Six thoughts from the past six days by Ann Elliott

Why did the Mail Online publish an article yesterday entitled “The great chain restaurant rip off”?

The subhead read: “Why the value-for-money chains aren’t what they seem.” It’s as though the writer doesn’t understand the basics of restaurant economics, has never read a profit and loss report from a hospitality business, and has never talked to a financial director in the sector. Or perhaps they have, and they just don’t care. It’s purely a sensational article designed to enrage readers and make them think twice about going out to casual dining chains. The best comment in response came from Wagamama, which said: “The suggestion of huge mark-ups is both factually incorrect and very misleading.” I couldn’t agree more.

Does anyone really pair drink and food nowadays?

Of course I see people drinking white wine with fish and red wine with beef but generally it seems to me people are becoming less concerned about what they drink with which dish. They have moved on, and the market has moved on. Consumers don’t seem to care what they drink with which dish these days – if they like a drink they will drink it whenever and with whatever. Yet many marketers continue to talk about food and drink pairing as if it’s the holy grail. I don’t think it is.

Is Vapiano under-rated?

I went to Vapiano yesterday for the first time for a while and was amazed how busy it was at 3.30pm. It was rammed, as busy and diverse as Nando’s, easy to use, easy to navigate, and buzzy and lively. Some customers were there for three-to-five minutes and others looked as though they were staying all afternoon. It was good value, too, and served great-quality, fresh food made in front of my eyes. Vapiano has been both innovative and consistent in the past few years and it was brilliant to see it doing so well.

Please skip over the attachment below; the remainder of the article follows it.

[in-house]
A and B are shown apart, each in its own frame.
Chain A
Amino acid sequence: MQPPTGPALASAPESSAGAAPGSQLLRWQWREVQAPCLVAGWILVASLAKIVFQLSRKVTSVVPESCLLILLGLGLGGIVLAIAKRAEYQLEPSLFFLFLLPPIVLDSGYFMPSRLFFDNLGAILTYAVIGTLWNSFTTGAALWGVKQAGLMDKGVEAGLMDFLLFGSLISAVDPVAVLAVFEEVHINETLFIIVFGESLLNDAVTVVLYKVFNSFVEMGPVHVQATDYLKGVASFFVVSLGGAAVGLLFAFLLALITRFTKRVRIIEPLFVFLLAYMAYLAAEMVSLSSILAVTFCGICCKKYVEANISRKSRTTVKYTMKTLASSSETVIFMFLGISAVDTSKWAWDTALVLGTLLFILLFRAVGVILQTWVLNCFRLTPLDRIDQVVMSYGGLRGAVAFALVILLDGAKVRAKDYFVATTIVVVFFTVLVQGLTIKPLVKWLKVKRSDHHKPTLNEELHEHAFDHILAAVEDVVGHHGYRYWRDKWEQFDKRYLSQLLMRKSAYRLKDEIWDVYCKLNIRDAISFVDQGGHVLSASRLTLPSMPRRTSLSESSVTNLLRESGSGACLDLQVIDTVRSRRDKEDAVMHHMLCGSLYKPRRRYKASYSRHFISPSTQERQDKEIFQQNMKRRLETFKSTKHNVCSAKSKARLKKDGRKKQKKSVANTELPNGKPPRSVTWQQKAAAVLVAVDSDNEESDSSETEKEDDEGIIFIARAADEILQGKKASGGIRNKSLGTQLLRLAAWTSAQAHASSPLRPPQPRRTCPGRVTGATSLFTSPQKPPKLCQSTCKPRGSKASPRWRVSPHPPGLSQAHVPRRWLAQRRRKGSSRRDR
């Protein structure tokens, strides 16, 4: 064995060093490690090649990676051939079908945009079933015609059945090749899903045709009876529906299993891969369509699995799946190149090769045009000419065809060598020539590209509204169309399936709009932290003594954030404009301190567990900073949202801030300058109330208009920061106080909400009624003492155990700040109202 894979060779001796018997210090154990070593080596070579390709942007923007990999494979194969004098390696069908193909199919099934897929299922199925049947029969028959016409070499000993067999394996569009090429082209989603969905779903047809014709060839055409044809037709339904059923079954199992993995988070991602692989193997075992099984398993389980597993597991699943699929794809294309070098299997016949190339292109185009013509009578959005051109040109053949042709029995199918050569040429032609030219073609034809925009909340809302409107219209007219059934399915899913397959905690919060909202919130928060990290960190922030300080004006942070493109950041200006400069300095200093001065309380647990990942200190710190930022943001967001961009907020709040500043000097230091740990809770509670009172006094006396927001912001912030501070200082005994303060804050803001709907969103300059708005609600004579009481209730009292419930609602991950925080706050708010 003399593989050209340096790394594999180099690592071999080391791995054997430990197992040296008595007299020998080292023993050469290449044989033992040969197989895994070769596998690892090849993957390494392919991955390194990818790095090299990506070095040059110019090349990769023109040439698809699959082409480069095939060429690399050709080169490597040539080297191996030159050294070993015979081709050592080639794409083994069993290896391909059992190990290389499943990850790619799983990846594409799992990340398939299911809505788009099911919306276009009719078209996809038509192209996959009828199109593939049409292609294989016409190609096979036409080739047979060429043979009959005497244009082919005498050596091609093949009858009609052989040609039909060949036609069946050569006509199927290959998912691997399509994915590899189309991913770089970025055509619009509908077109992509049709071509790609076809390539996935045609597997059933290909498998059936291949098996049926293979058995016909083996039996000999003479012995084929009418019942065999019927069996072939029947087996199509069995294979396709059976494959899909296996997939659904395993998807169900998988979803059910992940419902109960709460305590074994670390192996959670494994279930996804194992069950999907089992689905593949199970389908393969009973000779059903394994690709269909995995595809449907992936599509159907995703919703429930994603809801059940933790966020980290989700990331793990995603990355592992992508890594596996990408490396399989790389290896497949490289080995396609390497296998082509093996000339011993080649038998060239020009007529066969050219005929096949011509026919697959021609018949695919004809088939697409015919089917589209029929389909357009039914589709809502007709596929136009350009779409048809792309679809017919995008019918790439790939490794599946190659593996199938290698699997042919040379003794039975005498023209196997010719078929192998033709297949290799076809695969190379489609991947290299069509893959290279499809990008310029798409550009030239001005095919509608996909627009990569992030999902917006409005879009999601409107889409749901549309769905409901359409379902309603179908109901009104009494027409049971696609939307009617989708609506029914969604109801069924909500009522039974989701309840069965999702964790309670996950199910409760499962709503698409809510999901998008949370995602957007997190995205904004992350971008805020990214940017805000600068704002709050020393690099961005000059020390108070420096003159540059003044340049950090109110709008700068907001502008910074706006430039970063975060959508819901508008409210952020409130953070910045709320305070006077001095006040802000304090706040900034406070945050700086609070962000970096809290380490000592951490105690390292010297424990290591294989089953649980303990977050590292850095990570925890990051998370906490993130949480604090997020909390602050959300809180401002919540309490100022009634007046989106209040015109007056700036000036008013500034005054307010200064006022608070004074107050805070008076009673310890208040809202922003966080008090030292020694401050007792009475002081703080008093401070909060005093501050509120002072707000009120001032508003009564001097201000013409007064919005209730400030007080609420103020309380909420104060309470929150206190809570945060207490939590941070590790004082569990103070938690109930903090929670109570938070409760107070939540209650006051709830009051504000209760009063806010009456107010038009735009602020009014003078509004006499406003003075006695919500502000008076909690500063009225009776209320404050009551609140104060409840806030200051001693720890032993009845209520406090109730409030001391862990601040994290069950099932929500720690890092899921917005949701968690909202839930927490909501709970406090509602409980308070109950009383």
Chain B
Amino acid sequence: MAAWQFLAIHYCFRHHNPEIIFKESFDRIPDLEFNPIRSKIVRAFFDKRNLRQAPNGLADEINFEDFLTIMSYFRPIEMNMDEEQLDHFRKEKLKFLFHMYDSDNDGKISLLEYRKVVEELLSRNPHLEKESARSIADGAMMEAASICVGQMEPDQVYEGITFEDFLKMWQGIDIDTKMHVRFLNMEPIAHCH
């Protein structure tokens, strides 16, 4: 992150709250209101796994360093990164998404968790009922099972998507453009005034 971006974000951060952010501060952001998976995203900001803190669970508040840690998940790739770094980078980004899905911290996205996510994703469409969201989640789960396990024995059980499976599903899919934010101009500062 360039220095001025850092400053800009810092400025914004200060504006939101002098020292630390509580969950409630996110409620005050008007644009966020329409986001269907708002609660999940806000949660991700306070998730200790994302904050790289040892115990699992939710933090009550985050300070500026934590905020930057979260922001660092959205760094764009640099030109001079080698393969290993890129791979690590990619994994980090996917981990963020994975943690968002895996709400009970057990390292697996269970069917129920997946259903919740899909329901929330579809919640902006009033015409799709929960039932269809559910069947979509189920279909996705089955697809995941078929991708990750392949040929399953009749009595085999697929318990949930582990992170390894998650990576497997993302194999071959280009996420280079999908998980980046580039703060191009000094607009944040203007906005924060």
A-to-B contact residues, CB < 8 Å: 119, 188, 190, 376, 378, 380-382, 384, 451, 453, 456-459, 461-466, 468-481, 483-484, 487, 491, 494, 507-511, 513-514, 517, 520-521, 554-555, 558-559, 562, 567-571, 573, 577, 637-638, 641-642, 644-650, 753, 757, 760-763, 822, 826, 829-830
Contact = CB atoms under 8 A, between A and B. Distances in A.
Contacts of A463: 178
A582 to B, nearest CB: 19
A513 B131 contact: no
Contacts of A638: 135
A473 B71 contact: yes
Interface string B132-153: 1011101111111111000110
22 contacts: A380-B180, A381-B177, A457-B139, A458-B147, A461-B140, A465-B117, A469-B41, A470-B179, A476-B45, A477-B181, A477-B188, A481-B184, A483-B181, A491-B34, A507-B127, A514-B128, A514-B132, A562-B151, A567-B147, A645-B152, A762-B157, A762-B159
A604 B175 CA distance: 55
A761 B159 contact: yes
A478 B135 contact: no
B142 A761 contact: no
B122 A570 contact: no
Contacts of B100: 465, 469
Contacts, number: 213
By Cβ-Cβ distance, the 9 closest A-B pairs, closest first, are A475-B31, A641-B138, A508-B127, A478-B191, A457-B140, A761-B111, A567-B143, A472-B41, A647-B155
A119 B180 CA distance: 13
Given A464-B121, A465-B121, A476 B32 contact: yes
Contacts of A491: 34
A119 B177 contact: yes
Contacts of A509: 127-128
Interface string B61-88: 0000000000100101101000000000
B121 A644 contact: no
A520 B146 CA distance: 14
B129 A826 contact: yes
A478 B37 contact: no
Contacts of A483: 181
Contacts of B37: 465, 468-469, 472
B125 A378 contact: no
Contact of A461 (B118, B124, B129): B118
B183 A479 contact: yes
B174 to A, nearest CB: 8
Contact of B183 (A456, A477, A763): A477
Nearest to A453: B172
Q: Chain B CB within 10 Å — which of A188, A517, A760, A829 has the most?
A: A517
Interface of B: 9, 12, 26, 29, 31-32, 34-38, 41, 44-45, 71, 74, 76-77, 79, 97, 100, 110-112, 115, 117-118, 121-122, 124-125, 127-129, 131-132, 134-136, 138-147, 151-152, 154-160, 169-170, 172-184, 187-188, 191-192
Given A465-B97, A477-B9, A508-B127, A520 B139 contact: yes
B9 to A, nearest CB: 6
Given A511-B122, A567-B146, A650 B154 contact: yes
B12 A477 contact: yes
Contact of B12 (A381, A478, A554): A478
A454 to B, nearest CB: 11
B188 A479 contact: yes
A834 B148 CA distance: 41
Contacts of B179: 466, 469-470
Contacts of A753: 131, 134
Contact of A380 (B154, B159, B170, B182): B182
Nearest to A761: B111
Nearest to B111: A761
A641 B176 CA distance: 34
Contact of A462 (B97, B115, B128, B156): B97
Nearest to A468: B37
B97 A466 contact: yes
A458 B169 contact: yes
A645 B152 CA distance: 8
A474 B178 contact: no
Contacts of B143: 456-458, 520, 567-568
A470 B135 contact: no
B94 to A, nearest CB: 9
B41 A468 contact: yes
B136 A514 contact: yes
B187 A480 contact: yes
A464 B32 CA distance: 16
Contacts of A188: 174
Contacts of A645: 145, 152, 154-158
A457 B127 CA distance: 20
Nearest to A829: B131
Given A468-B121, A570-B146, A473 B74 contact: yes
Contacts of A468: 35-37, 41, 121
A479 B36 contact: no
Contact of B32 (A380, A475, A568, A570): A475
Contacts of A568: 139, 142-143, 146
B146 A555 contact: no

Why doesn’t Pret double the size of its Euston site?

Probably because it can’t might be the simple answer. I have gone there three times in the past fortnight but, on each occasion, have turned round and come straight back out because the queues were so long. That puts me off the brand overall – a shame. There must be some other way to sort out speed of service at busy times?

Which is the better restaurant – Blacklock or Flat Iron?

A meal for four at Blacklock the other week was £138 for four plates of prime rib, a carafe of wine, a coke and a coffee. Seems like a lot of money but it was fantastic and a really brilliant experience with awesome service – an evening to remember. At Flat Iron, I had to wait almost two hours for a table and the service wasn’t quite as memorable. However, it was cheaper and another brilliant night. A draw I think – I love them both!

Why isn’t Rhubarb better known?

Anyone who has been to the Sky Garden must be in awe of this business – a huge, complex operation run by Rhubarb that turns over millions of pounds a year. The company also organises and caters for sophisticated weddings and events, operates other restaurants such as Gallery Mess at Saatchi Gallery, and provides food and drink at prestigious locations such as the Royal Albert Hall. I often think contract caterers are treated like the poor relatives of this sector but there are some amazing operators out there that deserve our respect and admiration. Rhubarb is one.

By | 2018-02-19T10:06:36+00:00 February 19th, 2018|Propel|Comments Off on Six thoughts from the past six days by Ann Elliott

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